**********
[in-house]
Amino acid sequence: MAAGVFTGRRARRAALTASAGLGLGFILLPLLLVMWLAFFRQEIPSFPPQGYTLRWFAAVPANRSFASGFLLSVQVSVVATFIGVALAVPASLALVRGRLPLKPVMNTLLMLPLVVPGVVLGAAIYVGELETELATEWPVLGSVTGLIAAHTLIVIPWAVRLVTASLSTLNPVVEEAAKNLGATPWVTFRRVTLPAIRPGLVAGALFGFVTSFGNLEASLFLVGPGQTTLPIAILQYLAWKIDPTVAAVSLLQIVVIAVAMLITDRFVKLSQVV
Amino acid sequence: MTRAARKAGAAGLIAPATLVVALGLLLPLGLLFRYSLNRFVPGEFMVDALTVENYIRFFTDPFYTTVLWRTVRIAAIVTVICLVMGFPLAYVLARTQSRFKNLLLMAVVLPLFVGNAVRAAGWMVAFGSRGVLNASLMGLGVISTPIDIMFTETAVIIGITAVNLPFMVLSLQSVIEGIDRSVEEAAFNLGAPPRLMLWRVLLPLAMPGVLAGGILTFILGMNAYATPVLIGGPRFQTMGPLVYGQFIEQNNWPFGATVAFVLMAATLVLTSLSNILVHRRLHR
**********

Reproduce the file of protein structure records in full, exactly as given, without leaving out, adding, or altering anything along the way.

[in-house]
Amino acid sequence: MAAGVFTGRRARRAALTASAGLGLGFILLPLLLVMWLAFFRQEIPSFPPQGYTLRWFAAVPANRSFASGFLLSVQVSVVATFIGVALAVPASLALVRGRLPLKPVMNTLLMLPLVVPGVVLGAAIYVGELETELATEWPVLGSVTGLIAAHTLIVIPWAVRLVTASLSTLNPVVEEAAKNLGATPWVTFRRVTLPAIRPGLVAGALFGFVTSFGNLEASLFLVGPGQTTLPIAILQYLAWKIDPTVAAVSLLQIVVIAVAMLITDRFVKLSQVV
Amino acid sequence: MTRAARKAGAAGLIAPATLVVALGLLLPLGLLFRYSLNRFVPGEFMVDALTVENYIRFFTDPFYTTVLWRTVRIAAIVTVICLVMGFPLAYVLARTQSRFKNLLLMAVVLPLFVGNAVRAAGWMVAFGSRGVLNASLMGLGVISTPIDIMFTETAVIIGITAVNLPFMVLSLQSVIEGIDRSVEEAAFNLGAPPRLMLWRVLLPLAMPGVLAGGILTFILGMNAYATPVLIGGPRFQTMGPLVYGQFIEQNNWPFGATVAFVLMAATLVLTSLSNILVHRRLHR